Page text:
Jaybird provides a free app that includes some useful functions, including keeping the firmware of the Jaybird Tarah Pro earbuds up to date. They also have an EQ system with a peculiar control system that I couldn’t quite understand. There was a line I could drag around, and also five dots that I could move. I think the idea is that you move one or more of the dots to where you want the boosts or reductions to be and then tap the line. That makes it kind of conform to the dots.
Also useful is a “Find My Buds” feature, just in case you misplace them. You have to switch it on to use it effectively. Should they be switched off, the app remembers the last location at which it was connected to them. It can show you on its own internal map or open up Google Maps for you to provide directions.
This worked in a macro kind of way, but it didn’t really provide the resolution to put me exactly on the buds. If, say, they were in long grass, they would remain difficult to find. Neither was there an “alarm” button to make them produce a sound to help me to locate them.
The app also lets you adjust the auto-shutdown timer. The rears of the buds are lightly magnetised. When they snap together, they go into standby mode and disconnect from the phone. They reconnect automatically when separated.
Apparently, you can use the app to change the function of some of the control buttons. But when I went there, it wanted me to log into Jaybird so it could store my profile. I declined.
The Jaybird Tarah Pro are fine-sounding earphones. I mostly use earphones for podcast listening. In that role, audio quality isn’t critical so long as they’re not positively painful to listen to. But as a hifi guy from way back, I’m actually reluctant to listen to music with most Bluetooth earphones.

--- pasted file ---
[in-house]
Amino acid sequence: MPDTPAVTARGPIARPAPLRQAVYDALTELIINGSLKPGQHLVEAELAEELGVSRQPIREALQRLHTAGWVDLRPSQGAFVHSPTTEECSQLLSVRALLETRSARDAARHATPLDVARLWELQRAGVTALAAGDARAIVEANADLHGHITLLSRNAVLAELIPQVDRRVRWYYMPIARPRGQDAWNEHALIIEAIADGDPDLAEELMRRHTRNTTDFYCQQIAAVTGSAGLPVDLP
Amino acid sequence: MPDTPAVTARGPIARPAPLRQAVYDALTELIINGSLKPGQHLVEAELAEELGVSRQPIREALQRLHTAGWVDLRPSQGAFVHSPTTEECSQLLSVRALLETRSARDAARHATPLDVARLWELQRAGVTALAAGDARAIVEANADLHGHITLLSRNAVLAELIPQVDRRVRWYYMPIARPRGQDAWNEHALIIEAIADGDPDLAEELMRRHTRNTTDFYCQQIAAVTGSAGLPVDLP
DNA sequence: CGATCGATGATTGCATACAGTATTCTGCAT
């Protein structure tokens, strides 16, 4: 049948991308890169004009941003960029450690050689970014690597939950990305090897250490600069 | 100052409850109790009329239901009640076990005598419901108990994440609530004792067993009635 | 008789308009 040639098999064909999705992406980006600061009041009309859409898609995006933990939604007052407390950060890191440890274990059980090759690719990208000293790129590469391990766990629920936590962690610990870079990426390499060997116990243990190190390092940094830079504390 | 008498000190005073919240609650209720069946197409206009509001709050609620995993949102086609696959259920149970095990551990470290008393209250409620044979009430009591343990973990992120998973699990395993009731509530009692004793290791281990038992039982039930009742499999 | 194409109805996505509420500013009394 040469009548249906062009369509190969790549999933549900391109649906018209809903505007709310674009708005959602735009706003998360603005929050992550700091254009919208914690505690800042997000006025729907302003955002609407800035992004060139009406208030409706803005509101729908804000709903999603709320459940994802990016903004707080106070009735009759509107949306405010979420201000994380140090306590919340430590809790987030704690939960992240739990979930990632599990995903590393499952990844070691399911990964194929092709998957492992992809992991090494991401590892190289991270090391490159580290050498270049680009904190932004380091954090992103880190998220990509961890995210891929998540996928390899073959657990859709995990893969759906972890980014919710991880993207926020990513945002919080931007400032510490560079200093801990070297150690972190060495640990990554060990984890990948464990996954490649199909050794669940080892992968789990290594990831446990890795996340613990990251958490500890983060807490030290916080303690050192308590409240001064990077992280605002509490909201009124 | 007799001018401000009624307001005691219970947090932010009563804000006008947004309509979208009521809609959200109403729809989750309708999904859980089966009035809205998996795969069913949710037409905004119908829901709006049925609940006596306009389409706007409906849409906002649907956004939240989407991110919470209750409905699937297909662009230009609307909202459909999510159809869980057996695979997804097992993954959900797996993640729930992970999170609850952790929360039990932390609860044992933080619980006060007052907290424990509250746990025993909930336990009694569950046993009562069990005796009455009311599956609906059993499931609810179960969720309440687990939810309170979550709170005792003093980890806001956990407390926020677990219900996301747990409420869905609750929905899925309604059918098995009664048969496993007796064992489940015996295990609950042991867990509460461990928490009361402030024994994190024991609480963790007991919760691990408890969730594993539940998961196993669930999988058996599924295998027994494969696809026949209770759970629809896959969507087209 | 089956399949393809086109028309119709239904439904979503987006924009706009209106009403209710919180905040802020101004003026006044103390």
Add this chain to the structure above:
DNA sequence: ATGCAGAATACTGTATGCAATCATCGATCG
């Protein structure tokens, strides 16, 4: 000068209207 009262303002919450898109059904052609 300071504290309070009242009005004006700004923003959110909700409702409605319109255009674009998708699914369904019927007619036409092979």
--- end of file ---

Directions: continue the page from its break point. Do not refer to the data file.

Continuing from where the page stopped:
That did not apply here. Even though I’ve lately been digging deep into high-end headphone amplifiers and expensive head gear, I found music listening with the Jaybird Tarah Pro variously pleasant and exciting, depending on the source. The bass performance was adequate with the default flat EQ setting, but there was enough headroom in the earphones to permit some bass enhancement to give a strong, powerful performance.
The deep bass on Side 2 of Synchronicity by The Police was full and impressive, yet still tightly controlled. The early Genesis album Foxtrot was impressive, with realistic and seemingly unconstrained drums, smooth synth, and again a solid, convincing bass line. Treble was controlled; present, but not emphasised. Cymbals on music were clear and precise. Podcasts were coherent and easily understandable.
There was plenty of volume headroom as well. The volume controls operated independently of the phone’s volume control. Turn both up to maximum and even the quietest of podcasts or recordings is sufficiently loud. The passive sound isolation provided by the earphones was also quite effective.
As a handsfree phone device, the Jaybird Tarah Pro earphones also worked extremely well. I conducted quite a few telephone conversations with them in place. There were no complaints from those with whom I was talking. And Google Assistant understood my commands well.
The Jaybird Tarah Pro wireless earphones are fine sounding units, with good overall performance and an excellent ability to remain in place in one’s ears, even during vigorous exercise. Strongly recommended. The official site for the Jaybird Tarah Pro earphones is here.